dry rose flower next to broken heart shaped cookie

Betrayal: The Anatomy of Broken Trust

Have you been lied to, betrayed, hurt (by a partner, a coworker, or a friend) and instead of showing your anger, you swallowed it? Did you start intellectualising the situation – trying to understand it, finding excuses for their behaviour?

Sometimes, when we make excuses for others and hastily try to be grateful for the experience, we end up ignoring our own pain. But that pain doesn’t just disappear; it sticks with us and affects our future relationships, as I discussed in a previous article.


First of All, What is Betrayal?

According to a study on ScienceDirect.com, betrayal refers to the feeling of being harmed by deliberate actions or neglect from someone considered trustworthy. It can take many forms—like sharing secrets, being disloyal, cheating, or outright lying. Betrayal can leave you feeling shocked, heartbroken, and stuck on what happened. It can make you question yourself, your worth, and leave you simmering with anger. Sometimes, it’s not just a bump in the road—it can completely change the course of your life.

Fourteen years ago, a deeply unsettling revelation shook my world when my then beloved husband confessed to being involved with my best friend at the time. It felt like a sudden blow to the gut, leaving me reeling from the double betrayal. The initial shock was overwhelming, rendering me unable to even process the entirety of his words. In the aftermath, I found myself shattered and adrift, struggling to piece together the fragments of my shattered reality. The ensuing emotional tsunami engulfed me, leading to divorce, ill-fated relationships, and a prolonged period of self-imposed isolation. Hyper-vigilant and distrustful, I scrutinised every subsequent relationship for signs of betrayal, unable to grant anyone the full extent of my trust.

I have done all the ‘don’t do’s’ – I told no-one about it, I played the ‘being strong’ and mature card, I went into understanding both parts and I left myself bleeding inside.

By seeking support and embracing vulnerability, I could learn from the experience and overcome it more effectively.

I now recognise the telltale signs of betrayal and understand intimately both the pain of being betrayed and the consequences of betraying another.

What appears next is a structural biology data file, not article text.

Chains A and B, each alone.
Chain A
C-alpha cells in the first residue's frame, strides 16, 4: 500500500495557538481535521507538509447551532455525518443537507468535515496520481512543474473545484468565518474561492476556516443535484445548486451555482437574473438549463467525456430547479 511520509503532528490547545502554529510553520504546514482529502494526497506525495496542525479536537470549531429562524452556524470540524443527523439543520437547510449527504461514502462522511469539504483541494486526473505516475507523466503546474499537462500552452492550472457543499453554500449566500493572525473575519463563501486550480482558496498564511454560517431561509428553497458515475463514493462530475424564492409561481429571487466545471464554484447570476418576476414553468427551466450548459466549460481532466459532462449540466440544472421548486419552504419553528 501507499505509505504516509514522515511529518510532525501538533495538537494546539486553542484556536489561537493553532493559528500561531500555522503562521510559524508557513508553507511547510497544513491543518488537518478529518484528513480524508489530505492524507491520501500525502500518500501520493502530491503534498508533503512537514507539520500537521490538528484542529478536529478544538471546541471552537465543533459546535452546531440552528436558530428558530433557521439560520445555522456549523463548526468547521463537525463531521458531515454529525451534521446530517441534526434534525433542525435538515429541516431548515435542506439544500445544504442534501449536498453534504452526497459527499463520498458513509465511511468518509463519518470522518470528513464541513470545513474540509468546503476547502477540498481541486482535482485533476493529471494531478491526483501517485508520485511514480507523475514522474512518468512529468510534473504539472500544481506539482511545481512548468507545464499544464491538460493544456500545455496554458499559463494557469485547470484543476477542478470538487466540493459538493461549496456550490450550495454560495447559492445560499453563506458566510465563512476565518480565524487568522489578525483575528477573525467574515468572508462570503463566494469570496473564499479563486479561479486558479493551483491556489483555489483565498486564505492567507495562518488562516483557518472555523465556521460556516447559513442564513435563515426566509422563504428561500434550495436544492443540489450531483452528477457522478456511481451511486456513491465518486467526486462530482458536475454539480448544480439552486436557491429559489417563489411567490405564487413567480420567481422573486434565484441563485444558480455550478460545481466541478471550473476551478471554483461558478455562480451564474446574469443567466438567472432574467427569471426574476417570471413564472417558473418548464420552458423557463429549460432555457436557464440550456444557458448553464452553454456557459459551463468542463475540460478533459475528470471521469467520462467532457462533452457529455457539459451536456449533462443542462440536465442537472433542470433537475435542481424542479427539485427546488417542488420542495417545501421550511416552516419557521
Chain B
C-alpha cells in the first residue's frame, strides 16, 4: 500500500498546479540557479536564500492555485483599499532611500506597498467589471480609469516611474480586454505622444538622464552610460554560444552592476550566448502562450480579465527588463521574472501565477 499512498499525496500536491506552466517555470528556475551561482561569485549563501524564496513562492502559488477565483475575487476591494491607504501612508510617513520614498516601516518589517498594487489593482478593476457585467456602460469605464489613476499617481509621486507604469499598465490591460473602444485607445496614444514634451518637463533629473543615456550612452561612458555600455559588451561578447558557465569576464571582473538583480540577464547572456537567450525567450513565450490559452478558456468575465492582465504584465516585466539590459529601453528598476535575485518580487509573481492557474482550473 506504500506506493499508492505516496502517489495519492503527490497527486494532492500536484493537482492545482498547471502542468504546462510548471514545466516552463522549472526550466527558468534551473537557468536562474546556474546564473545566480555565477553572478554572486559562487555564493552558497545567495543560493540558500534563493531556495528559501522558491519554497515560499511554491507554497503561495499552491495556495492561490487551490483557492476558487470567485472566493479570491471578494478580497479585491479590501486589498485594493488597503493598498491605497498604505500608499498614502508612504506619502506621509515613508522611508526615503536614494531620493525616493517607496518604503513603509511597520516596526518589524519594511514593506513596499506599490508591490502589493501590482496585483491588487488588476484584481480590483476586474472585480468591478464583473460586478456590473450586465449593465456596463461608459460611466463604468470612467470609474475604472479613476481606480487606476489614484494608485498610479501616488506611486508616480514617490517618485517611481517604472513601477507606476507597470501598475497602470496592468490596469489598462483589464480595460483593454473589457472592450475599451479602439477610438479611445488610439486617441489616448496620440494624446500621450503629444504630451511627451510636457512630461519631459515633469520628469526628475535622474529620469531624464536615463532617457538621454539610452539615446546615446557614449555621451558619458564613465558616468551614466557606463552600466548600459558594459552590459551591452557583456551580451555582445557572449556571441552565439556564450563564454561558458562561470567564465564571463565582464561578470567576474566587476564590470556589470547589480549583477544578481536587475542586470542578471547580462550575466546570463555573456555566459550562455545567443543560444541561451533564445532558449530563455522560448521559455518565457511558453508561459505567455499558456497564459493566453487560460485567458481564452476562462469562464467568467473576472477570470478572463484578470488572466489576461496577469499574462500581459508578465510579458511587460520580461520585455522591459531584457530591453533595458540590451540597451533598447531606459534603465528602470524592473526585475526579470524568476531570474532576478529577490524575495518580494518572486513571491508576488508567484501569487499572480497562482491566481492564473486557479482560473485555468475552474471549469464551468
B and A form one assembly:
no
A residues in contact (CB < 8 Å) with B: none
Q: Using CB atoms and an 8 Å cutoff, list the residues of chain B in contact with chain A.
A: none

So, What Can You Do if You are Hurting?

First off, it’s okay to feel hurt. Don’t pretend you’re fine to keep up appearances. It’s not necessarily about trying to understand and forgive the other person (at least not before understanding yourself) as soon as they hurt you. So, ask yourself the question: “Does it hurt?”

Break a plate, defend yourself, and let the other person know somehow that their behaviour has hurt you. Cry for your loss. Don’t repress emotions – it’s like holding a balloon under water – it takes a lot of energy from you and will surface anyway.

Don’t linger too long in the victim role either – learn from your experience, figure out what you want and don’t want from your relationships anymore, and set clear boundaries (what is and isn’t acceptable).

Examine your wound closely – which part of you is suffering? Could it be the Ego? When have you experienced this in the past – is it the first time or have you been through similar experiences before? Which person from your past has done this to you? Have you forgiven them or is it unfinished business?

When it’s time to move on, find closure. Maybe that means having a talk, returning some belongings, or saying goodbye in your own way.

Ask a friend to support you when you’re tempted toward behaviours you might regret (e.g., revenge – even if it seems sweet, it’s not).

Write down your thoughts and feelings—it can help you process what you’re going through.

Don’t indulge in self-blame – opt for self-compassion. Focus on your well-being.

Regardless of what made you feel this way and regardless of the impact, it’s important to:

  1. Acknowledge that pain is part of life,
  2. Know that it will diminish over time,
  3. Understand that you can make positive changes in your life to help you feel better and start moving forward.

Remember, it’s okay to hurt, but it’s also okay to heal and move forward. How have you dealt with situations like this before? What helped you get through it?

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